2017 Ignition Awards Recipients Named

The WaNPRC Pilot Program, which is conducted jointly with the Institute for Translational Health Sciences, has been presented previously in an earlier Weekly Update.  Since that time, the awards for the Fiscal Year 56 have been made and we want to present some short summaries of these protocols, to demonstrate the type(s) of research the Pilot Program supports.  In short, the intent of the program is to support:

  • Innovative, research endeavor
  • An opportunity to collect preliminary data for future funding
  • Support research with translational goals, moving toward human applications

“The Washington National Primate Research Center is committed to advancing the understanding of human disease by funding talented investigators,” said Dr. Michael Mustari, Director of WaNPRC. “The Pilot Project program makes a valuable contribution to our Center’s mission to serve as a national resource for innovative research. This work is necessary to advance scientific knowledge needed to cure diseases across the lifespan.”

2017 Ignition Awards Recipients:

Michael Gale:  ”Using the Pigtail Macaque Model to Evaluate Novel Vaccines for Prevention of Zika Infection”

Zika virus (ZIKV) infection has become a serious public health concern due its linkage to microcephaly in developing human fetuses. There is no vaccine available for protecting humans against infection. ZIKV encodes a single envelope protein that is the target of neutralizing antibodies. Our preliminary data suggest that targeting this protein may be an efficient vaccine strategy. We have developed a nonhuman primate model (NHP) for ZIKV infection and now propose to employ this model to test novel ZIKV vaccines built from recombinant vesicular stomatitis virus lacking the viral matrix protein (rVSV) and expressing this protein. We will test this using our NHP model of ZIKV infection to assess these rVSV vaccines for protection against ZIKV in a vaccination/viral challenge study. Results of this work will provide critical information to support the preclinical development of rVSV vaccines against ZIKV infection.

Dorothy Patton:  “Mn model development: GC infection and URT imaging by PET”

The Macaca nemestrina has proven to be an invaluable model for female reproductive tract health and disease. We extensively use this model to better understand Chlamydia trachomatis infection, treatment and prevention, and to develop local and systemic STI prevention technologies (MPT and vaccines). We intend to expand the model to include gonorrheal infection (GC), another common STI, which has to date only been successfully modeled in chimpanzees and rodents. A feasible nonhuman primate model for GC is paramount to understanding pathogenesis and host response to infection. Current need for a GC model is heightened by the development of antibiotic-resistant strains of GC being tracked globally.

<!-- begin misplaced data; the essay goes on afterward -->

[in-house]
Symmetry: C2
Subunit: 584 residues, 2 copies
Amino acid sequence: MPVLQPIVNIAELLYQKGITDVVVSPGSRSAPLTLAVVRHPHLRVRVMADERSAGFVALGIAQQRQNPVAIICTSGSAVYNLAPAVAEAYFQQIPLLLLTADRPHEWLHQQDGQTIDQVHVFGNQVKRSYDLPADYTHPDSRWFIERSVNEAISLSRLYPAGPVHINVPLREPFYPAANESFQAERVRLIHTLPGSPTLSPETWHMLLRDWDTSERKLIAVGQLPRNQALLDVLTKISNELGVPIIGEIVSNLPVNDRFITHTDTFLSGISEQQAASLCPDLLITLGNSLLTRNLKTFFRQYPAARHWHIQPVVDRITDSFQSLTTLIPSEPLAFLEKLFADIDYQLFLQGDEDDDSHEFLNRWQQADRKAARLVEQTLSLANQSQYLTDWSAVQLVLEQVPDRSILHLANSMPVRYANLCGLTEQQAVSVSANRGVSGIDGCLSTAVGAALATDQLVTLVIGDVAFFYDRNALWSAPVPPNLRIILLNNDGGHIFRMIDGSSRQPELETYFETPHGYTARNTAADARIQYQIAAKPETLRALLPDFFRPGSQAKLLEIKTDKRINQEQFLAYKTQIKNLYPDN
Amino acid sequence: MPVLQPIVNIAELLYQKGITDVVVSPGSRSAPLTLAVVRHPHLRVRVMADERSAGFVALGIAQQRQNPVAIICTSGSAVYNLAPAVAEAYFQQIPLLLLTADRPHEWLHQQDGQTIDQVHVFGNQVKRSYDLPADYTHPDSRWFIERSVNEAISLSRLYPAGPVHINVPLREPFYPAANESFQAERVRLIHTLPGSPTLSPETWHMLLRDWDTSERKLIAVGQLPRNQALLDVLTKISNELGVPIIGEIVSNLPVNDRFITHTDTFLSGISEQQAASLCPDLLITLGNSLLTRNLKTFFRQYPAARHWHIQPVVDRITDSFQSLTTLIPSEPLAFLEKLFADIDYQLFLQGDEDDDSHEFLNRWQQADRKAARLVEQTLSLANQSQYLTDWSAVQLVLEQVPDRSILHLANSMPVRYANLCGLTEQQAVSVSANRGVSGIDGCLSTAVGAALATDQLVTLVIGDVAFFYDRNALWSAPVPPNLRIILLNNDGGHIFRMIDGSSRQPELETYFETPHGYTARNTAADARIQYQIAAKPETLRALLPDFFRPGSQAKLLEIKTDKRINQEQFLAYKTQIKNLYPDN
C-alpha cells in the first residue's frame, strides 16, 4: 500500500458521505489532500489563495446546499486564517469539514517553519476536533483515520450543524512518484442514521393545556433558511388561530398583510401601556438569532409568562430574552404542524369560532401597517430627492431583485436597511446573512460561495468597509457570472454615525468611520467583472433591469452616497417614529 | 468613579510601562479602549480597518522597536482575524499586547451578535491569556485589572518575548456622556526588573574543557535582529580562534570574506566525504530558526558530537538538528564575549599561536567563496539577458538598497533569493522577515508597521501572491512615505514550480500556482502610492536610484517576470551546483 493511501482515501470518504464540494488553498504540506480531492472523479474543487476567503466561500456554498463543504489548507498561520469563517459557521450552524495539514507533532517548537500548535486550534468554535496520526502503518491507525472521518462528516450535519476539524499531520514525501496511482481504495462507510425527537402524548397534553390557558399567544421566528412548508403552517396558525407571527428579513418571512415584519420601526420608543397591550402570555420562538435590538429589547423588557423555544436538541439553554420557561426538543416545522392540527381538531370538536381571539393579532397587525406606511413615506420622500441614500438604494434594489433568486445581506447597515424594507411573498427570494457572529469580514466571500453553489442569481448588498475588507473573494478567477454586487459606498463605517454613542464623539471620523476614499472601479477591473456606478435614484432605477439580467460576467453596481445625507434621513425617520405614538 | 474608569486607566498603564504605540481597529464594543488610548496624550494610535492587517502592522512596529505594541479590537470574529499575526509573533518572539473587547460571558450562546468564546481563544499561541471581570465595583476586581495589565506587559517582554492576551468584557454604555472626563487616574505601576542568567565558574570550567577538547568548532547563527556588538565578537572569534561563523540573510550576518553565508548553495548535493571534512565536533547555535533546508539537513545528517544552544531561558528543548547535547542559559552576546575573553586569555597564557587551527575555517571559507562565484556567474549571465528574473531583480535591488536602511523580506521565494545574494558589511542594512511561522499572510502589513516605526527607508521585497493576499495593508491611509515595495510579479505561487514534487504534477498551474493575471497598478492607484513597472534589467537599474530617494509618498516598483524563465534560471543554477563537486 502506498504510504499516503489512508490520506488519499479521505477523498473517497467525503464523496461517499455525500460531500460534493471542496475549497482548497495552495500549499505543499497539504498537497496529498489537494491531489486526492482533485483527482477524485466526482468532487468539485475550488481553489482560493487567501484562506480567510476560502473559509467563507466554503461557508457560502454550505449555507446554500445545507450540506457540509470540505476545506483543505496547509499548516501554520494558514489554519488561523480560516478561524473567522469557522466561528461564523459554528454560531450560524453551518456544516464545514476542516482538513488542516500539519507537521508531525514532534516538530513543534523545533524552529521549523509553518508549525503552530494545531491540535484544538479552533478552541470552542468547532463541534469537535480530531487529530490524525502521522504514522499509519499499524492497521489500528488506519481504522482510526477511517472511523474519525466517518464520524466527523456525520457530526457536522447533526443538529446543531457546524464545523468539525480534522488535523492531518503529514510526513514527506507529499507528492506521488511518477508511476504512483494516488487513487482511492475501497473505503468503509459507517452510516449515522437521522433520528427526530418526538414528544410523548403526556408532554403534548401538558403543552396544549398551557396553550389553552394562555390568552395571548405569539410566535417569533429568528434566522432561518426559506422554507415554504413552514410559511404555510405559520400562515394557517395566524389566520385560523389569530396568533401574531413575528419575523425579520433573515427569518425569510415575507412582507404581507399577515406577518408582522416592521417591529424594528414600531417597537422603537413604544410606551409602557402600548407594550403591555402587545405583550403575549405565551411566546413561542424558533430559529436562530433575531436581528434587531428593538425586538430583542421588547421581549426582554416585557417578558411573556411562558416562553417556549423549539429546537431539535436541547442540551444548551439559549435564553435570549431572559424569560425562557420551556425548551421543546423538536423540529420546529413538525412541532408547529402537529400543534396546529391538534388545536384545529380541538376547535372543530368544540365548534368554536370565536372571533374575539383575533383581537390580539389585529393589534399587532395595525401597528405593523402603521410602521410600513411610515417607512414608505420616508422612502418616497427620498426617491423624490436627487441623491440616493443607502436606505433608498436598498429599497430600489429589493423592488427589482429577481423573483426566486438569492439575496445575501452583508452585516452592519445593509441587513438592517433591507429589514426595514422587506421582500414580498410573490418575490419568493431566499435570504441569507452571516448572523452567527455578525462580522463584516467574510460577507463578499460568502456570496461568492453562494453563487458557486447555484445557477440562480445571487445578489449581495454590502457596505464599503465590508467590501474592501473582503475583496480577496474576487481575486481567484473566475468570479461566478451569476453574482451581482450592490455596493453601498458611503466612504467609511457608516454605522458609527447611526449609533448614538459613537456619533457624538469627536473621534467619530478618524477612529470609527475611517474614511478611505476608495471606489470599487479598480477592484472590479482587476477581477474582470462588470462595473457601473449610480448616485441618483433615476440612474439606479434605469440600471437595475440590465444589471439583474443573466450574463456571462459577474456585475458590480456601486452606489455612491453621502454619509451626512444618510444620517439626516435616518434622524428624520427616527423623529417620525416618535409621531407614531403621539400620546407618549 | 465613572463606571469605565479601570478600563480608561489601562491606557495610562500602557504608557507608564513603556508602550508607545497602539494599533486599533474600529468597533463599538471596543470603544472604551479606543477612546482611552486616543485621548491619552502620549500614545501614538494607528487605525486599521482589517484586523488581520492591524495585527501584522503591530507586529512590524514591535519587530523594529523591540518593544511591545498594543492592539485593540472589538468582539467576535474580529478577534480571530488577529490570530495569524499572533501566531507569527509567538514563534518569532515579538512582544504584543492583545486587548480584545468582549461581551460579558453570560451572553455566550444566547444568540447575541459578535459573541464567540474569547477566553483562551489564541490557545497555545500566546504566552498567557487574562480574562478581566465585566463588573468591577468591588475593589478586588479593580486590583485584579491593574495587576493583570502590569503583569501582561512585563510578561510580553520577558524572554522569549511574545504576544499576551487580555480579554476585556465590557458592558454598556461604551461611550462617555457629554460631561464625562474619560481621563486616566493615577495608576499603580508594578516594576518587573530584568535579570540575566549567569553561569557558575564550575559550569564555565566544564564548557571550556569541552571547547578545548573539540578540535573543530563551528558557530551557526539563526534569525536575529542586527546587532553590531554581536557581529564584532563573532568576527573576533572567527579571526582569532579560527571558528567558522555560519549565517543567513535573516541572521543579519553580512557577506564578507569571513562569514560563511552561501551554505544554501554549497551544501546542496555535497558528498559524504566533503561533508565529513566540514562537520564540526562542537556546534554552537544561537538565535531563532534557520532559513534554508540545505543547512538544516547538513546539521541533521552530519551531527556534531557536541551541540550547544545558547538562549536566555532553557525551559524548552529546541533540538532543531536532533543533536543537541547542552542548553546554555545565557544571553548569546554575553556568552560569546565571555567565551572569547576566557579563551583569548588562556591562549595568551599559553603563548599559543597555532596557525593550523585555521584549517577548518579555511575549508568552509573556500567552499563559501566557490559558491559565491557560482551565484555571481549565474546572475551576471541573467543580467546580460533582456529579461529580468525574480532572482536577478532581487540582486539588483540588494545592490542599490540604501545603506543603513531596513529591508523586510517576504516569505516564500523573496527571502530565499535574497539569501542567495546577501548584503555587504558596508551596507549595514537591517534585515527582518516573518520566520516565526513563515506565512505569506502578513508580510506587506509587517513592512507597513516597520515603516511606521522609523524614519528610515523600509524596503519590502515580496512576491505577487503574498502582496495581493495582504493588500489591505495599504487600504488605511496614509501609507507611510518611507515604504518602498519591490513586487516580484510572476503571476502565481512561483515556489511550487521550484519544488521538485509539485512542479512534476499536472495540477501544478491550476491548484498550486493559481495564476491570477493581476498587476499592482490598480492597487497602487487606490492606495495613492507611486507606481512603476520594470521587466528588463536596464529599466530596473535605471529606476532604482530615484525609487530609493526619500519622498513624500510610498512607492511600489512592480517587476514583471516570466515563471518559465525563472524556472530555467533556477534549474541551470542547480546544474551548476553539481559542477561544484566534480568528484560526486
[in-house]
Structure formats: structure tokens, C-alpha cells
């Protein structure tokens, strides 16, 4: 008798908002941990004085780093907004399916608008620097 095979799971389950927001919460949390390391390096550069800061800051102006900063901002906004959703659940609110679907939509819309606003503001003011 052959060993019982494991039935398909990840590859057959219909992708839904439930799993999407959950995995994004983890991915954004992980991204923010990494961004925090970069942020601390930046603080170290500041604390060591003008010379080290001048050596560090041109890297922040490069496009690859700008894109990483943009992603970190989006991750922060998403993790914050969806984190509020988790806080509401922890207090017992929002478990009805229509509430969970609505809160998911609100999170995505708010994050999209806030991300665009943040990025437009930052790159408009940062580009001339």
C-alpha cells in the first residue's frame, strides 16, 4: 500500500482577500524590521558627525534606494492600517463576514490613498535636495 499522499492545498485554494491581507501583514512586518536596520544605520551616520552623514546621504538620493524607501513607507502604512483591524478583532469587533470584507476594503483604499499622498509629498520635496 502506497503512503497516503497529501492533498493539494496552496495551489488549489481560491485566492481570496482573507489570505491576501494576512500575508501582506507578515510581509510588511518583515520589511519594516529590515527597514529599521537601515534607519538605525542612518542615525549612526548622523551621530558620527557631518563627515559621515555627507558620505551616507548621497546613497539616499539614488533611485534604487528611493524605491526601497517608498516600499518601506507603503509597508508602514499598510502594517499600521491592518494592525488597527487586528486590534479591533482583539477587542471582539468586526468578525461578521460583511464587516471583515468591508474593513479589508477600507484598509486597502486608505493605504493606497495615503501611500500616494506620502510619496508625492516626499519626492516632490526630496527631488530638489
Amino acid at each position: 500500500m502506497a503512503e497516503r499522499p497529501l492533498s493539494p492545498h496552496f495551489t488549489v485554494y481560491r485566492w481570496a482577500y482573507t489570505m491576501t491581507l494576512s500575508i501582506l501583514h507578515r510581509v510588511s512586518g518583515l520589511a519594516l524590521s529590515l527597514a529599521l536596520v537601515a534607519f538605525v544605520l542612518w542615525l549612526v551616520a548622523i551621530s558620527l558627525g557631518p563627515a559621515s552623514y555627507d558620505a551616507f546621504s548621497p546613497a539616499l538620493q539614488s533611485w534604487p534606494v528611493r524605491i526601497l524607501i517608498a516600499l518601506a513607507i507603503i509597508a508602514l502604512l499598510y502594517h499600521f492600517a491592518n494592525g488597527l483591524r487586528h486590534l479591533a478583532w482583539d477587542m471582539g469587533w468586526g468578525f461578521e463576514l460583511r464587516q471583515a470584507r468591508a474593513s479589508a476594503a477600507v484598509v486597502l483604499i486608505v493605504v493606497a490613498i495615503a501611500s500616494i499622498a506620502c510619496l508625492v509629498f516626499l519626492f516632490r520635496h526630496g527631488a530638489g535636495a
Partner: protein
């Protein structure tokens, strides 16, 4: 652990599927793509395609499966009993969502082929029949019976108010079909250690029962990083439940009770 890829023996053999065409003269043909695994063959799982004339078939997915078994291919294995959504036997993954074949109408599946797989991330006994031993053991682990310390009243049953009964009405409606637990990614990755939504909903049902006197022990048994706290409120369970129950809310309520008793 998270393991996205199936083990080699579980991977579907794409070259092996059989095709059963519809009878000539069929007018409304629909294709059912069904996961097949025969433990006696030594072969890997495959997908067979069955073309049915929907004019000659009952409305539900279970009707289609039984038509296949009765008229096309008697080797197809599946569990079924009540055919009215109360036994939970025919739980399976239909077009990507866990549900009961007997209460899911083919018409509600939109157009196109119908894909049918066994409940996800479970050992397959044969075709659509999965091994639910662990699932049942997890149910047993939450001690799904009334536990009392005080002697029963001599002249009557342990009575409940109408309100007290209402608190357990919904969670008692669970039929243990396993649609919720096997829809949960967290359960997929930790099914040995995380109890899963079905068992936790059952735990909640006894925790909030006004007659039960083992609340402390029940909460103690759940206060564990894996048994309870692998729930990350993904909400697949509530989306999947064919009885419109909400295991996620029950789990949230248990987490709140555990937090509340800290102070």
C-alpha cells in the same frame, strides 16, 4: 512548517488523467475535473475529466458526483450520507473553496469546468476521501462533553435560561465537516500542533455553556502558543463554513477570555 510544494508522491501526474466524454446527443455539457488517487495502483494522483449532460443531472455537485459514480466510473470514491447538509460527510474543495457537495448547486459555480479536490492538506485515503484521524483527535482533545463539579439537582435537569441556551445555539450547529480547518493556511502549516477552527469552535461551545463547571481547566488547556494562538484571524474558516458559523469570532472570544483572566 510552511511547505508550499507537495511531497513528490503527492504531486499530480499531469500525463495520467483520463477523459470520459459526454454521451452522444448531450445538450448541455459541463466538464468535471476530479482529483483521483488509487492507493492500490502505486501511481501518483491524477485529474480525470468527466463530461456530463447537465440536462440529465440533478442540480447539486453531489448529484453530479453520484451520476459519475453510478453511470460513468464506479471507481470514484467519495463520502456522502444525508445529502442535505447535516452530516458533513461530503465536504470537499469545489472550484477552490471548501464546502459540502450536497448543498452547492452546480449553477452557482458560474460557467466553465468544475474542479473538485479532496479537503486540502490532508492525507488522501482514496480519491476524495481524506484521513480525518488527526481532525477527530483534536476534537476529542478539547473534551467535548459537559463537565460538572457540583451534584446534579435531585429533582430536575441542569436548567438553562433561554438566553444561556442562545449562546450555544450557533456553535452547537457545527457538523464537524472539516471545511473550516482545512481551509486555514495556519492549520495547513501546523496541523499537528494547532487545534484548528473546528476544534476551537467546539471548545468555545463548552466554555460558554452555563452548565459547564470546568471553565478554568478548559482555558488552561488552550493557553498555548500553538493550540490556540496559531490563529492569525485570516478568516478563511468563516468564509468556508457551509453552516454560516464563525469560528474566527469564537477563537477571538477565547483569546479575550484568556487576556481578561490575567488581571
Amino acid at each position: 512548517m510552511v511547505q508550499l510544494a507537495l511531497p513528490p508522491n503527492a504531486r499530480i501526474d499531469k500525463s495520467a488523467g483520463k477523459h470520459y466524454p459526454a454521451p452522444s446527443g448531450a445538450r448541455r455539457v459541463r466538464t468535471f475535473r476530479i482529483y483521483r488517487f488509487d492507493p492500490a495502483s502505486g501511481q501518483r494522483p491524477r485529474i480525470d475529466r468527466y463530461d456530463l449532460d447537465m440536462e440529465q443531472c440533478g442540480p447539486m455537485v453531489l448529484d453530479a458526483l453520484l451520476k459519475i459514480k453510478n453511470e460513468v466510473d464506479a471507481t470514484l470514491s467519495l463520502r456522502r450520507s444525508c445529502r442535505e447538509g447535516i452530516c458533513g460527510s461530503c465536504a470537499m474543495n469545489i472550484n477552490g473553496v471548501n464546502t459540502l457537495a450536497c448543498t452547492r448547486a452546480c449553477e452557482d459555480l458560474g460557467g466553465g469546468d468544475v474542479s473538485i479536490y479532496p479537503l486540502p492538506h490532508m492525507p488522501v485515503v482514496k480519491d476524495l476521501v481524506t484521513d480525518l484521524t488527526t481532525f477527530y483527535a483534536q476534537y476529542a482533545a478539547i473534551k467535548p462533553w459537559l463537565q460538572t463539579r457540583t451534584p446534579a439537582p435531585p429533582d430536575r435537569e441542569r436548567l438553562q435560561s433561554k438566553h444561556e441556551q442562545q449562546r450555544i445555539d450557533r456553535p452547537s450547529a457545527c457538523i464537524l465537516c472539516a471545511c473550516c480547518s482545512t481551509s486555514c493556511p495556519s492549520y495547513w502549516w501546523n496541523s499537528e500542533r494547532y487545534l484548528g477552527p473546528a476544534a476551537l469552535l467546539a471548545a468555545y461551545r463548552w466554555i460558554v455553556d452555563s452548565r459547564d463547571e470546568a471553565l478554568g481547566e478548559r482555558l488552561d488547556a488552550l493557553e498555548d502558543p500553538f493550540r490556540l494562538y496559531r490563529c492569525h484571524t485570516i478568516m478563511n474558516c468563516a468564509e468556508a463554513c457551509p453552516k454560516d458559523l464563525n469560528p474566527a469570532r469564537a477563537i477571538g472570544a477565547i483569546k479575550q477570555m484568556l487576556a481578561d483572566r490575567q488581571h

Secondly, we will explore the potential for using PET scanning technology to monitor upper reproductive tract (URT) disease by detecting inflammation in a non-invasive fashion, as opposed to multiple surgical visits now used to track ascension of disease in infected animals. STI prevention studies will benefit greatly from a significantly reduced impact on test animals.

Eliza Curnow:  “A nonhuman primate model of Fragile X syndrome”

The primary objective of this proposal is to generate a nonhuman primate (NHP) model of Fragile X syndrome (FXS) that will recapitulate the neurological and behavioral phenotype observed in the human thereby supporting the development and testing of neurotherapeutics to treat this disorder. Fragile X syndrome is associated with loss of the FMR1 gene product, FMR protein (FMRP) that leads to the characteristic phenotype of FXS including intellectual disability, cognitive impairment, abnormal behaviors and distinct morphological features. Considerable progress in understanding FXS has been made using animal models although several limitations with current systems exist and to date effective and reliable treatments for FXS have not been identified. Utilizing the unique resources available at the WaNPRC we propose to generate and validate a NHP FMR1 loss-of-function model as a research resource to aid in the discovery and pre-clinical testing of FXS neurotherapeutics.

The WaNPRC performs critical biomedical research leading to new advances in science and medicine. WaNPRC researchers are working to develop effective vaccines and therapies for HIV/AIDS and other infectious diseases as well as new advances in genetics, neuroscience, vision, and stem cell biology and therapy. The WaNPRC directly supports the National Institutes of Health’s mission to translate scientific advances into meaningful improvement in healthcare and medicine.